The A-Z of Negotiation Arts: Discounts

Getting discounts seems to be for many people the epitome of successful negotiation.German flag - German language But big rebates are much more the result of intense bargaining or even of power games in the negotiation.

aka: rebates, price reduction

Poor preparation – Heavy discounts

In my experience, a poor preparation for the negotiation leads to bigger discounts.

• If I do not know my arguments or cannot present them purposefully, I will have to pay with discounts.

• If I have not gathered enough information in preparation for the negotiation, I will have to compensate that with rebates.

• Without an absolute bottom price (GO – Away – Limit) discounts may be threatening my whole business.

Discounts are part of a learned power game

Unfortunately, this is common practice in many industries. The buyer will be paid according to how much price reduction (= discount) he achieves. And the suppliers have decided (together) to accept the position of power of the customer and the respective purchaser and to act accordingly.

Regarding that, discounts run on autopilot.

The downsides are the misalignments of resources and the work-on-the-expectation-strategies occasioned by that. The suppliers – and the suppliers of the suppliers – have learned and comprehend the process. Thus, future discounts are already calculated in an early stage.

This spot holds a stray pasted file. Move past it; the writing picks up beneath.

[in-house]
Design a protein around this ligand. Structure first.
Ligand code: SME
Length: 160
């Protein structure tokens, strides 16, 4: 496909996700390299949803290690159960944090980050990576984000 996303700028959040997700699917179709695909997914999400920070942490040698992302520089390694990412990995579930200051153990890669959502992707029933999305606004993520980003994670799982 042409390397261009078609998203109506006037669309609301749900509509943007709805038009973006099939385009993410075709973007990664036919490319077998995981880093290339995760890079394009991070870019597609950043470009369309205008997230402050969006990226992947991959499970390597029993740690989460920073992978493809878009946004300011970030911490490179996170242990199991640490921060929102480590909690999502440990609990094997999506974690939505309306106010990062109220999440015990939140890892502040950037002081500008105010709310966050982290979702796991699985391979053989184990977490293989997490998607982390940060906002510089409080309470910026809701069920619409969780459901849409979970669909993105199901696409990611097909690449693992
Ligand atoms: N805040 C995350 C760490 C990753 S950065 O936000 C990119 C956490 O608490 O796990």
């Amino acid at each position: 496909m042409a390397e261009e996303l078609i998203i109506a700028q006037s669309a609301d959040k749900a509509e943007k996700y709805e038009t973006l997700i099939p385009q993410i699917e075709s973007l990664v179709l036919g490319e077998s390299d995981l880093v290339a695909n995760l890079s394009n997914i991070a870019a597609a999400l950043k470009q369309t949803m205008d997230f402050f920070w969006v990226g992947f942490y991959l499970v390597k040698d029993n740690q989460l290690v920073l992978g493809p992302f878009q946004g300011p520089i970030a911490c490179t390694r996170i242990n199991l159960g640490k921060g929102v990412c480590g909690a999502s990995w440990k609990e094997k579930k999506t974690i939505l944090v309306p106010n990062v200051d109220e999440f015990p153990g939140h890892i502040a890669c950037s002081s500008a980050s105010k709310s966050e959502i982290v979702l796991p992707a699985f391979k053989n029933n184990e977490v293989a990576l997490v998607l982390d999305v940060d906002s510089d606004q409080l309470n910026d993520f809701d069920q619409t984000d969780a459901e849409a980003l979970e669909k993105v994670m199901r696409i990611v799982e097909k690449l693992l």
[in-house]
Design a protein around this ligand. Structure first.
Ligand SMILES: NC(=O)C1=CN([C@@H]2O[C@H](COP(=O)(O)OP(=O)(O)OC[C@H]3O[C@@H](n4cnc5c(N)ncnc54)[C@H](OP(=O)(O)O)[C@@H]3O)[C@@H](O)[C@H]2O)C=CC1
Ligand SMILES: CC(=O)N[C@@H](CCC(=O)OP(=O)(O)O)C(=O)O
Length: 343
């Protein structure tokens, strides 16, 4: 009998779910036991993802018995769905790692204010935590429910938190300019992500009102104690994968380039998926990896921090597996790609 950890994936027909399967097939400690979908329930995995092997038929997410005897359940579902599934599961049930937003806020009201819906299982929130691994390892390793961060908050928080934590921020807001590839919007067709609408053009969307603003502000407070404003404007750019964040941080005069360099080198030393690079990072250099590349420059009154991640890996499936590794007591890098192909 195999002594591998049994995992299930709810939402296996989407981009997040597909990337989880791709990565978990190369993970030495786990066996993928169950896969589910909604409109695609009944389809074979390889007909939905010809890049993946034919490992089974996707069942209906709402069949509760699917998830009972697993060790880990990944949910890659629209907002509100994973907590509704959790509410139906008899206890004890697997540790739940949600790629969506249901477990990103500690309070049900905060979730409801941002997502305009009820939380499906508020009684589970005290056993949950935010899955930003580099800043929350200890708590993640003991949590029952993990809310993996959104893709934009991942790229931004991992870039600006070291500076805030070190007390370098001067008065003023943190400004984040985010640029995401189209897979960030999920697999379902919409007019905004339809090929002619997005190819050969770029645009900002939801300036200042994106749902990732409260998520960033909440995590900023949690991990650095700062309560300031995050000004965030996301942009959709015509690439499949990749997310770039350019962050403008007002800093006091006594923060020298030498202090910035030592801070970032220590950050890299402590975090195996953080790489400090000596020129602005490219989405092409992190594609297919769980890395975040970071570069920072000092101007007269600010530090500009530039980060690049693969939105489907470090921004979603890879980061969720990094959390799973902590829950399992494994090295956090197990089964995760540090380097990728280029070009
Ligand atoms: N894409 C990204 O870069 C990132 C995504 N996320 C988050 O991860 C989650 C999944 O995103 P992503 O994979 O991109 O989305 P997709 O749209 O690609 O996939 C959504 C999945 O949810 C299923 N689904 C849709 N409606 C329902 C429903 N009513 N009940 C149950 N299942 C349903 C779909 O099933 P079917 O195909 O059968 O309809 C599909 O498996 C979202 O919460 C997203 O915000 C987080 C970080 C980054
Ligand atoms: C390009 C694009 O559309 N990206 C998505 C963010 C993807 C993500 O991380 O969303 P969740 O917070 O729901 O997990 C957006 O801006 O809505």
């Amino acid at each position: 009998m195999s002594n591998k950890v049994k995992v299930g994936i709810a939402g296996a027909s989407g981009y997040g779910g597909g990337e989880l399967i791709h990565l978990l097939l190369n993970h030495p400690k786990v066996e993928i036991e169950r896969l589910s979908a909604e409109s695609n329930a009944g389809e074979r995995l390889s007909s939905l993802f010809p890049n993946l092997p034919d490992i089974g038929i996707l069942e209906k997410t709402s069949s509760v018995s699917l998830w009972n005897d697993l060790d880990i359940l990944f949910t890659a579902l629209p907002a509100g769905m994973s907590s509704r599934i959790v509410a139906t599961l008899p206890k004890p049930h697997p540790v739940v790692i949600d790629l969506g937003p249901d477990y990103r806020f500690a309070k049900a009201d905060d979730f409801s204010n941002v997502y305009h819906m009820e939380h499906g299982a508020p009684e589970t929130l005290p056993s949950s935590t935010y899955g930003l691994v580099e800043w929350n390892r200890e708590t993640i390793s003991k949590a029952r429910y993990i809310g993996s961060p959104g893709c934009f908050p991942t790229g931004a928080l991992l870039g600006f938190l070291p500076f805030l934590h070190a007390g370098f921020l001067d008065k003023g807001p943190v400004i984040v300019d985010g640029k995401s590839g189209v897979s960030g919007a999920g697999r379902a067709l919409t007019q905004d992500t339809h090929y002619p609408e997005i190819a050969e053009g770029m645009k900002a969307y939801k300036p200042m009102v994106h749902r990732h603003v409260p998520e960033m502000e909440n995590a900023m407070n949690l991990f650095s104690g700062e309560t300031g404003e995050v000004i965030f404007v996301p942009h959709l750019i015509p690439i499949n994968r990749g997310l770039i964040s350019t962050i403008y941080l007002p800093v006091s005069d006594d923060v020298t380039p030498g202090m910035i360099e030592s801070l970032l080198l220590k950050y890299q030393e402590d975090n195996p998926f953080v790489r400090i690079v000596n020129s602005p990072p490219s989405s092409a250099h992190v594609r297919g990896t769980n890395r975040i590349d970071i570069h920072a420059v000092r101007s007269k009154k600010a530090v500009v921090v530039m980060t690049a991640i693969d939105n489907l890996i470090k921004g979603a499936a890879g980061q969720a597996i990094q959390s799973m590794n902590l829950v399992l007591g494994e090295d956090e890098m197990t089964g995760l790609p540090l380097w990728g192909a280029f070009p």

Discounts and the price we all pay

Previous food scandals (horse meat, organic eggs) are partly due to the price battle that rages in retail. On the one hand in the store, from the commerce to the customers, on the other hand also from the commerce to its suppliers.

There, the price is pushed relentlessly, tenths of cents are bargained and at any time, the suppliers are threatened with delisting. And then, at some point, bottom-lines were reached, where only money is made if the producer “dodges”. At the same time, production companies become bigger and harder to control.

Discounts – completely insane!

How crazy it can be, I have experienced myself. The buyer rejected a rebate in kind of 10 + 1, which would be more than 9% cash discount and insisted on a cash discount of 5% instead. Just because it is in his objectives and he gets a bonus doing that exactly that way.

And who pays for all of the really big rebates we get offered in car showrooms and in the kitchen store? Partially, without even asking for it. I always wonder whether there is actually so much buffer zone in the prices and if it is, why does the „doing discounts“ must go on and on.





The post The A-Z of Negotiation Arts: Discounts appeared first on The German Negotiator.

Source: WB-ENG-Org

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